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Document Type

Article

Abstract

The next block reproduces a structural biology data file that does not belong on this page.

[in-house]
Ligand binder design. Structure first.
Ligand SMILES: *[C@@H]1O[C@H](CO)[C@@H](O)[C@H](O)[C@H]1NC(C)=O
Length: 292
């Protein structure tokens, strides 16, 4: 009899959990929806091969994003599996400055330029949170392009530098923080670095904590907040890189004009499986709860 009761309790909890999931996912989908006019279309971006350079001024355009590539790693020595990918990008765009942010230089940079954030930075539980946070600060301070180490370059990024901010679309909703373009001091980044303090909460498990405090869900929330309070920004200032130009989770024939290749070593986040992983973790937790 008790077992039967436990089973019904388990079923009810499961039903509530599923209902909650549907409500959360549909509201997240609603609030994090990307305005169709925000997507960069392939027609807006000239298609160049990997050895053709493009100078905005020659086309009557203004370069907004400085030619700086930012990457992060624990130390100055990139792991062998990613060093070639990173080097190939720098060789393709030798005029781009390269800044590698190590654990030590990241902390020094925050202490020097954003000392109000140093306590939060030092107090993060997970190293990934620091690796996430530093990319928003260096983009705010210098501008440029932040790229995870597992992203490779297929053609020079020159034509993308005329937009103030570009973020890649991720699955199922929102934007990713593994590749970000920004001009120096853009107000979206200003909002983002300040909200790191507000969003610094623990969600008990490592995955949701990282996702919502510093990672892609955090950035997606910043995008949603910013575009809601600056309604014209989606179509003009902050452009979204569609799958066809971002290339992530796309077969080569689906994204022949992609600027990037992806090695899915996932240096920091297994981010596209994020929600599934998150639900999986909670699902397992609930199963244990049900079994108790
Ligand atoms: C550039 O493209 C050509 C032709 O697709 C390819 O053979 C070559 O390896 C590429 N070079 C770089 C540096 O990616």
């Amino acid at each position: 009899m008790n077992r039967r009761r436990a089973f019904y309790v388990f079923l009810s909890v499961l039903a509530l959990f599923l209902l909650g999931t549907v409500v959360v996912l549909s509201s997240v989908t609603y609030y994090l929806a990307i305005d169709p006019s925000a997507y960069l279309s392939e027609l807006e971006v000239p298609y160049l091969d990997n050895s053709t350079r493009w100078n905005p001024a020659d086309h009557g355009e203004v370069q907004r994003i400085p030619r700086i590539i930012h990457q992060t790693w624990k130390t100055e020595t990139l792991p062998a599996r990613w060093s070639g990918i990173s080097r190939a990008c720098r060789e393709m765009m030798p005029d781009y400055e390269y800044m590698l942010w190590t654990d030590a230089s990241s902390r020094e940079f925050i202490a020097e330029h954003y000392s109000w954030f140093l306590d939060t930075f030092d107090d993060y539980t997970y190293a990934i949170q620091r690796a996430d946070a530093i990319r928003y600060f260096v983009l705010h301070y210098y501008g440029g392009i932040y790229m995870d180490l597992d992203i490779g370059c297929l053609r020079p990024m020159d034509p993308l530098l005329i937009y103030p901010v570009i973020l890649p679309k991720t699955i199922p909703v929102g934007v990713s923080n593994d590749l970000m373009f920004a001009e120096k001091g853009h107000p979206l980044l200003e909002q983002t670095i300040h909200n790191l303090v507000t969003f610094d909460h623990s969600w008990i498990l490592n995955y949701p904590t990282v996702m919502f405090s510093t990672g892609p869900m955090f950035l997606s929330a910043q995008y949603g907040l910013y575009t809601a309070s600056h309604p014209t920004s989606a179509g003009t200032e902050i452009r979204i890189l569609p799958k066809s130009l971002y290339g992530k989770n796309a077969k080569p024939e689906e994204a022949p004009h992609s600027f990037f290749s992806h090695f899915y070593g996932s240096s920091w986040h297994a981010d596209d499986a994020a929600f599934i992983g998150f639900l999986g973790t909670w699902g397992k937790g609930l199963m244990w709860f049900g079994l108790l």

Having grown to one of the largest in the world in just over two decades, China’s stock market is cited as a counterexample to the significance of law for financial market development. A thorough examination of the development of China’s stock market, however, finds that law is actually critical to sustaining growth. On the other hand, the trajectory of development in China is growth first followed by law, and the improvement of law is caused by market growth. The experience of China suggests that law and market growth exhibit a bidirectional rather than unidirectional causal relationship, and the course of development is “growth-law-further growth.” Nevertheless, this virtuous cycle is not a guarantee and market growth may not lead to stronger law in all instances, as evidenced by the fact that, although now better protected from market abuse, Chinese investors remain vulnerable to serious managerial misconduct at listed state-owned enterprises. Political and ideological constraints are the key obstacle. Politics and ideologies seem to be fundamental to stock market development, for they not only explain the stagnation of law in China despite market growth, but also, together with economic development, determine market growth, or lack thereof, in the first place. Furthermore, the strength of law in a country might not be predetermined by its legal origin, as law has improved in certain respects even in China—a country without the tradition of rule of law.

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